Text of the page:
MEPS 174:257-267 (1998)  -  doi:10.3354/meps174257

Components of crowding in a modular seaweed: sorting through the contradictions

M. Laura Lazo, Anthony R. O. Chapman*

Department of Biology, Dalhousie University, Halifax, Nova Scotia B3H 4J1, Canada

ABSTRACT: The most common effects of increased density in terrestrial plant populations are reduced rates of growth and reproduction. There are contradictory reports for fucoid seaweeds, whose performance appears to be enhanced by increased density. Density is 1 of 2 components of crowding. The second is plant size. Crowding increases with size for a given density. In modular organisms there are 2 components of crowding, the within-organism component (which increases with ramet density and size) and the extra-organismal component (that is determined by the sizes and densities of whole plants in the stand). Such complexity presents special difficulties in experimental examination of the effects of crowding. Using stands made up of transplants, and by manipulating the length and density of ramets in the plants, we examined the effects of the 2 components of crowding on the performance of the modular seaweed Ascophyllum nodosum. Plant density was not manipulated. We found that low ramet density promoted the formation of new ramets (shoots) and enhanced relative growth rates. As ramet length and biomass are directly correlated, increases in ramet length translated into increased biomass. Conversely, high density promoted reproduction and faster ramet elongation. Plant length had fewer significant effects. Longer individuals depressed the growth of shorter and similarly sized plants. Hence, for A. nodosum, ramet density has a wider range of effects than plant length alone. Also, the effect of density differed among response variables. Nevertheless, it is clear, from this and other work, that modular fucoid species respond to crowding in ways that are fundamentally different from terrestrial higher plants.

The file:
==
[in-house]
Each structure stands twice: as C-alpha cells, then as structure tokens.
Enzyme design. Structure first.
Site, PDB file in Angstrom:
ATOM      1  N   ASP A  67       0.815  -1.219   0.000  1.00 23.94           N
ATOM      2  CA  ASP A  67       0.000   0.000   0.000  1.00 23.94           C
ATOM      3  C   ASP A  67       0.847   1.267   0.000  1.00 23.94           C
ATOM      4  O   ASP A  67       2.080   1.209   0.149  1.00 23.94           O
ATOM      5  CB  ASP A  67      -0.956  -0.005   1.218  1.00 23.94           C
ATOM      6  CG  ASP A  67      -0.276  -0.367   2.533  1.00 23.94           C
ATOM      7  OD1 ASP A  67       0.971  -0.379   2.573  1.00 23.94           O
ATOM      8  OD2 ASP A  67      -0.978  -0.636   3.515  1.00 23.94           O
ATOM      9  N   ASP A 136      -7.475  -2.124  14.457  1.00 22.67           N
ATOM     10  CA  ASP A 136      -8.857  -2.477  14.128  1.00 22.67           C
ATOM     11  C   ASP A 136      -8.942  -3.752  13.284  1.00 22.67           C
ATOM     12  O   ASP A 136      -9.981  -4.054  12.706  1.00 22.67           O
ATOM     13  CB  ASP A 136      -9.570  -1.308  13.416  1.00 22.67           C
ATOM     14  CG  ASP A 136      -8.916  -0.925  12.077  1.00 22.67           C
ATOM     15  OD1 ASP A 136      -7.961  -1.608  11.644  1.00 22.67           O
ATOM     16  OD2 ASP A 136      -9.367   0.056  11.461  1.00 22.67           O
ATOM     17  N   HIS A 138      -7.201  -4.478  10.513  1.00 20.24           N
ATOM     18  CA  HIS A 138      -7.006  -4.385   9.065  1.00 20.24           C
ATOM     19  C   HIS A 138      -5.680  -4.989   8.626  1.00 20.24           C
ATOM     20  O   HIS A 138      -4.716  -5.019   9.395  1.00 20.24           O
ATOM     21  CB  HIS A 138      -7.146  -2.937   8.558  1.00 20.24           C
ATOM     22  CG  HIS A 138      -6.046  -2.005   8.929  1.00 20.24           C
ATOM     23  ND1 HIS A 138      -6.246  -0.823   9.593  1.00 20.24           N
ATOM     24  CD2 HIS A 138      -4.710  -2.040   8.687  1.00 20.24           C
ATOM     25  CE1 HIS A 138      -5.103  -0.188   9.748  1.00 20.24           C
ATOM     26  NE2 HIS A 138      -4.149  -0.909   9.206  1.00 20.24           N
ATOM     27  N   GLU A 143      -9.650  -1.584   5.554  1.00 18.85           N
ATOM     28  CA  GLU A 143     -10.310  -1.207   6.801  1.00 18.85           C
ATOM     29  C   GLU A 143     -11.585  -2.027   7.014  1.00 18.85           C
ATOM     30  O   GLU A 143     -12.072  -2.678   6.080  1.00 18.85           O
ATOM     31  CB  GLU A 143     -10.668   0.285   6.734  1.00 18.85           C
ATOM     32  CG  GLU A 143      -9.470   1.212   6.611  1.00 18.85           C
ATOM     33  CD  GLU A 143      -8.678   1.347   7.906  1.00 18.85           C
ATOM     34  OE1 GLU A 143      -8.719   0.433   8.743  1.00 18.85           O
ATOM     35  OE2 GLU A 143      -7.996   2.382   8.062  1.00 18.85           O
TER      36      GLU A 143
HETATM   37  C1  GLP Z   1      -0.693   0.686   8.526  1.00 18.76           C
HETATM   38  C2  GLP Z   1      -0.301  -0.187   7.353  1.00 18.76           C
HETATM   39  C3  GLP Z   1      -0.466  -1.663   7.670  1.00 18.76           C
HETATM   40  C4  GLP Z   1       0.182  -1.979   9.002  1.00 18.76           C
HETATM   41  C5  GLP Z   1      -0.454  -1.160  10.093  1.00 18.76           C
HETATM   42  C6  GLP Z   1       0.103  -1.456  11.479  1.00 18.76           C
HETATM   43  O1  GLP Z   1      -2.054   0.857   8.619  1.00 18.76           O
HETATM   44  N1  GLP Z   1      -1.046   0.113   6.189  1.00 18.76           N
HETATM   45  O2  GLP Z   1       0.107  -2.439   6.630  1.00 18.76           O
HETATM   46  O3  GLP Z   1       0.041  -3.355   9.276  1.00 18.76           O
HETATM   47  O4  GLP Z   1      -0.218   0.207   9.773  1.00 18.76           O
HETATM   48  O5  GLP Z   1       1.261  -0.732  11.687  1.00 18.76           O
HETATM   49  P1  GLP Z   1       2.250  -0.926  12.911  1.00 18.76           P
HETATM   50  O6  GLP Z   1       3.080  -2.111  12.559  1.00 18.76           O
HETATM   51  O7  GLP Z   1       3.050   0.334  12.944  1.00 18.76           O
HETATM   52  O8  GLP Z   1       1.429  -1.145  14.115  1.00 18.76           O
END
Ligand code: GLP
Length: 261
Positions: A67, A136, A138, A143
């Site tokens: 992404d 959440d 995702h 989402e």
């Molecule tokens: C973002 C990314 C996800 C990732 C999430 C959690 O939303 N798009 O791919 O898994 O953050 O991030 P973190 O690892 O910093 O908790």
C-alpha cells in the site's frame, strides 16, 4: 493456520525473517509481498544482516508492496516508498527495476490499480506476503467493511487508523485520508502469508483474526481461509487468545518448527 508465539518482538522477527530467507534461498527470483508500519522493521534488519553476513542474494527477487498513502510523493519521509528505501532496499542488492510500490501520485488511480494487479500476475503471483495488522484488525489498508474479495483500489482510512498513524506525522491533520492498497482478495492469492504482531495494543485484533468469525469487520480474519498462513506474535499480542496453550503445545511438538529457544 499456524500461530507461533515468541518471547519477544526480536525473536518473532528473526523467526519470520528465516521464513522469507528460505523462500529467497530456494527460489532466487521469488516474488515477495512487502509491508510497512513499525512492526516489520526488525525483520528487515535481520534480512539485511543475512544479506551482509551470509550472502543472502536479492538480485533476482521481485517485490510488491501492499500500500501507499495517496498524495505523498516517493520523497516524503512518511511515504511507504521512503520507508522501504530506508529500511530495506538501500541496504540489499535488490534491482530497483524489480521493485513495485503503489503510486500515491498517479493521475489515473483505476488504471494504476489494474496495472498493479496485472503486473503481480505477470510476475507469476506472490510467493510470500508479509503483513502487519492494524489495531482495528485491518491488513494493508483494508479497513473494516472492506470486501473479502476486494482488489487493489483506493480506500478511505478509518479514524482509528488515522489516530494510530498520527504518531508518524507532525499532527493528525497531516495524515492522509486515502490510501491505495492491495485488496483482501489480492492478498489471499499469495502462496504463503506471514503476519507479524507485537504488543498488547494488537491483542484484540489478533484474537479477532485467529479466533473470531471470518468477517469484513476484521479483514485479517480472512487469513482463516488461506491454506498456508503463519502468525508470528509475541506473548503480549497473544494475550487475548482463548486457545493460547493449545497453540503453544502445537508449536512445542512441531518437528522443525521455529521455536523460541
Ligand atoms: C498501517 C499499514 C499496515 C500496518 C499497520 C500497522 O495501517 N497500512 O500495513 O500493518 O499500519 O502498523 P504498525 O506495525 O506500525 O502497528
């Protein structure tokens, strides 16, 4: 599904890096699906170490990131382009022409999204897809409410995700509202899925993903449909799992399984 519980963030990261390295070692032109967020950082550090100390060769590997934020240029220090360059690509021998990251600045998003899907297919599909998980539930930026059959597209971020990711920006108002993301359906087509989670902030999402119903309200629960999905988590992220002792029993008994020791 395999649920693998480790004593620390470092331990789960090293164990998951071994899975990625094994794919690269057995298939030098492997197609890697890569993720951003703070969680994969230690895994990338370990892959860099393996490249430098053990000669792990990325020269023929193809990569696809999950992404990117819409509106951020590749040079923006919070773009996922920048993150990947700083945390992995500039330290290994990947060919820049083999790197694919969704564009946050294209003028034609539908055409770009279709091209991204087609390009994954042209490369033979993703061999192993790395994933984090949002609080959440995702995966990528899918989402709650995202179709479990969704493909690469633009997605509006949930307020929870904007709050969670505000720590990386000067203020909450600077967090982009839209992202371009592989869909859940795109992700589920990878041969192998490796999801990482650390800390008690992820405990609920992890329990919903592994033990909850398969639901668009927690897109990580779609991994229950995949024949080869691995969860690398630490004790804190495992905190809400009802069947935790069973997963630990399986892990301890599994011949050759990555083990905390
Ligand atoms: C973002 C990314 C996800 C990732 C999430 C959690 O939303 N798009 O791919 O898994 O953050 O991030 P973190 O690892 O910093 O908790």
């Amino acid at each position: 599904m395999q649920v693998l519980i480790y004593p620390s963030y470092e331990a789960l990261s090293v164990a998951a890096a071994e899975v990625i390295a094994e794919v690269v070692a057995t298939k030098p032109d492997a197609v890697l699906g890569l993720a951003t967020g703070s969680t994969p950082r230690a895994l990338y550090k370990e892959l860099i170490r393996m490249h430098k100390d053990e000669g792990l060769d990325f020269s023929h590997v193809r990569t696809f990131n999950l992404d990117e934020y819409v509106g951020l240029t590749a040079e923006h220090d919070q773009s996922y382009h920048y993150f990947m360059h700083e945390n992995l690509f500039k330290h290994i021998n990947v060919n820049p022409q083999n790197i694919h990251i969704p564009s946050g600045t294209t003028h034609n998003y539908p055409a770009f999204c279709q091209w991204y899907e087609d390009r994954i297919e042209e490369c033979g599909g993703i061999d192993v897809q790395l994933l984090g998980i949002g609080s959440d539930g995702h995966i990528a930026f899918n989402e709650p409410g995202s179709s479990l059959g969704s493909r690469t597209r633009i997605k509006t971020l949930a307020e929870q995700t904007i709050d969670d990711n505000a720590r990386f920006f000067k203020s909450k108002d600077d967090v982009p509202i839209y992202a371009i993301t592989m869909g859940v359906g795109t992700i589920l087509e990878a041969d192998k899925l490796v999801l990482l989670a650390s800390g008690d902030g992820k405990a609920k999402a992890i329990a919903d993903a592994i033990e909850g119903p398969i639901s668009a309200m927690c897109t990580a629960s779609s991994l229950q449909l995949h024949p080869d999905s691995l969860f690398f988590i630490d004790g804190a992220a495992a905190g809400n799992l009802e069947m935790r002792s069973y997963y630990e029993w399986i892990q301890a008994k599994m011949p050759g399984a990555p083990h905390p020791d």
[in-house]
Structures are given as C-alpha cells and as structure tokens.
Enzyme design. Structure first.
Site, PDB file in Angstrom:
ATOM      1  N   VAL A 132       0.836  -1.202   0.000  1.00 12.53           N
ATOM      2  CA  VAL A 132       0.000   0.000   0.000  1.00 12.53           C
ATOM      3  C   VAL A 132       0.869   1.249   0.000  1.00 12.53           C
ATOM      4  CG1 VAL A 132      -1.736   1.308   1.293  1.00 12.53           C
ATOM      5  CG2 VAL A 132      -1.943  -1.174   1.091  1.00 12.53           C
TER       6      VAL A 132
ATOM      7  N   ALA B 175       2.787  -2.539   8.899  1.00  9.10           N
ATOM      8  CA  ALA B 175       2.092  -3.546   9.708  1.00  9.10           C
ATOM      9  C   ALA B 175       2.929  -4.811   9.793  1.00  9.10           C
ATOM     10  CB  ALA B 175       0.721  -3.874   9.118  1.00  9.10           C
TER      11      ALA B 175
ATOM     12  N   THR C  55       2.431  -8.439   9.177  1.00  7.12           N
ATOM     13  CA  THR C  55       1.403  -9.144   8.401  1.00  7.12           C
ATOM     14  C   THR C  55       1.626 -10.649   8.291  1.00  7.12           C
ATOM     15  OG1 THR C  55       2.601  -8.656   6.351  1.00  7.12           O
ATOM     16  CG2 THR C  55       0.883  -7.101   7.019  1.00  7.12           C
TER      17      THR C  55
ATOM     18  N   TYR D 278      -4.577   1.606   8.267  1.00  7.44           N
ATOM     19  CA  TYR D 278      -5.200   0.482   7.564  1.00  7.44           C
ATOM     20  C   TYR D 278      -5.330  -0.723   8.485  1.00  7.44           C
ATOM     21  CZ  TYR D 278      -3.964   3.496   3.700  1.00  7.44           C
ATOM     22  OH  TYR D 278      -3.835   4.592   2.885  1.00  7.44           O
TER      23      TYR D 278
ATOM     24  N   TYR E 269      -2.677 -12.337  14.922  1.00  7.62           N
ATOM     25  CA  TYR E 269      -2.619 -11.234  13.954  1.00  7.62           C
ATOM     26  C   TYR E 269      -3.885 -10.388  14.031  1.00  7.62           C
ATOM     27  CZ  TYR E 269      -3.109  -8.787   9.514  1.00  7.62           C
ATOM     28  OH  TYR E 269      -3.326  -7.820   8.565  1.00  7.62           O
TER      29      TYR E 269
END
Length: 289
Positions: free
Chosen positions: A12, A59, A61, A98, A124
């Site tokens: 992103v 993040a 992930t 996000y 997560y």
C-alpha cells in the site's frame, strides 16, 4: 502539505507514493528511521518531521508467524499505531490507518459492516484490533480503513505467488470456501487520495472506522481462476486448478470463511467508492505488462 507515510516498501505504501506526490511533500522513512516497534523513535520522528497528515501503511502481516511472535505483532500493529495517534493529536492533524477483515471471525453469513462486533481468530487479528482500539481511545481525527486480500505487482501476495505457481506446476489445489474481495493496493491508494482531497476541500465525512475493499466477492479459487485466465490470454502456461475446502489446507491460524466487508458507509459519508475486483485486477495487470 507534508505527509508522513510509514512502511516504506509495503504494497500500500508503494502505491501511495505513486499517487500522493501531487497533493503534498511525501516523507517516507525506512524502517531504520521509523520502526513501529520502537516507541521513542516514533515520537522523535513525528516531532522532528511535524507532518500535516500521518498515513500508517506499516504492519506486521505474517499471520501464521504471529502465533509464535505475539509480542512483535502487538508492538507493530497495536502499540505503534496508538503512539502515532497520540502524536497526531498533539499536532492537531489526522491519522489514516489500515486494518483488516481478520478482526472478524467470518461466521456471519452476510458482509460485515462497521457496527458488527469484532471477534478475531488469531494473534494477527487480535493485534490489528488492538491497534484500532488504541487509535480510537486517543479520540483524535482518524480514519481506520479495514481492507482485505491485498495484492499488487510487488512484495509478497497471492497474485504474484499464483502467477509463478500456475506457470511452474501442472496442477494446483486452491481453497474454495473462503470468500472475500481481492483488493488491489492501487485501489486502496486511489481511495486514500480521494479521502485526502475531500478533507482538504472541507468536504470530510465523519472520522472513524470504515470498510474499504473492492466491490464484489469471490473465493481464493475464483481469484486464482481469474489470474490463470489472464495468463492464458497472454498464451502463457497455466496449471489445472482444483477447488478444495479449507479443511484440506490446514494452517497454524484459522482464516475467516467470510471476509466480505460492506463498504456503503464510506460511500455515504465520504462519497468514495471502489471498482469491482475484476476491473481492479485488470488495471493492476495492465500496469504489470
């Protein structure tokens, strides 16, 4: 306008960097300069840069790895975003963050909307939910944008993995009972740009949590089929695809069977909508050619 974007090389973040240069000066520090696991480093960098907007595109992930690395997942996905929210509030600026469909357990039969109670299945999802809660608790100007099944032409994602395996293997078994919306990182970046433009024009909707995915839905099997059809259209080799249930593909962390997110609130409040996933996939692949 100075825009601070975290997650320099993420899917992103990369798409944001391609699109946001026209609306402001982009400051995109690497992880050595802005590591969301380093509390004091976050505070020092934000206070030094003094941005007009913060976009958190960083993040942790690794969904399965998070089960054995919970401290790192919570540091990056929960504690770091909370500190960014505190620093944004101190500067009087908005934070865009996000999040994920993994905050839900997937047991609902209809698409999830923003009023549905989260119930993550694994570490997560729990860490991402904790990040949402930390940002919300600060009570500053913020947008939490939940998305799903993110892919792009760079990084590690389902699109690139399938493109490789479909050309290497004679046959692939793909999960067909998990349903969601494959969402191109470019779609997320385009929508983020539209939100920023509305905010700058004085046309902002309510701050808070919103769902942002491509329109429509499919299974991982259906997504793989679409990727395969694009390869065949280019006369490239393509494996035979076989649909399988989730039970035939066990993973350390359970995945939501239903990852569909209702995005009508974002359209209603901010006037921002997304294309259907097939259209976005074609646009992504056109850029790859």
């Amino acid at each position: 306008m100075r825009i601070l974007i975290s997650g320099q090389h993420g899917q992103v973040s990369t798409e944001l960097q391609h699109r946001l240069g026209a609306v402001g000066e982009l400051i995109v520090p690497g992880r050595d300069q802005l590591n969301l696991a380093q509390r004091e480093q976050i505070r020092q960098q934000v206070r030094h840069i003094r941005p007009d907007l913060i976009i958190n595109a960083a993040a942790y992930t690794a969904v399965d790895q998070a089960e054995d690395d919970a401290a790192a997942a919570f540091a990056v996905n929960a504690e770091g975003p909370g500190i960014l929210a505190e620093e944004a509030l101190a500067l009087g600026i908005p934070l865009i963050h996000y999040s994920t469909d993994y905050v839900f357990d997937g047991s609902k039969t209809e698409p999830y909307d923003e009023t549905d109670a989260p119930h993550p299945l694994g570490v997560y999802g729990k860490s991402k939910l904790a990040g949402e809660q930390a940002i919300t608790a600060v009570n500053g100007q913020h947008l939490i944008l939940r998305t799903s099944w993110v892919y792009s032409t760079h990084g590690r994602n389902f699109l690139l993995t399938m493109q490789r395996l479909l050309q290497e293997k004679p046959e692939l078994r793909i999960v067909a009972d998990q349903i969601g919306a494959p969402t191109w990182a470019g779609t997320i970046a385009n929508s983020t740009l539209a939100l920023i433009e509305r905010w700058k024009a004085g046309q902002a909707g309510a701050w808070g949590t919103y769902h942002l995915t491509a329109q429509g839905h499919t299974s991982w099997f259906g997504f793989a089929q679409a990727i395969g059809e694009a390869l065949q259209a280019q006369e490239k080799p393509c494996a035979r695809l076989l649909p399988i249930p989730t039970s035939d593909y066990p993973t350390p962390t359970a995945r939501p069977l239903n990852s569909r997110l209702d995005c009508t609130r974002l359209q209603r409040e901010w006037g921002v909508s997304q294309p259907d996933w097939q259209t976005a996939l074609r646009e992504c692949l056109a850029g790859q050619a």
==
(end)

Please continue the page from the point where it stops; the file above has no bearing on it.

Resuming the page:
KEY WORDS: Ascophyllum nodosum · Brown seaweed · Crowding · Density · Growth · Intraspecific competition · Ramets · Reproduction


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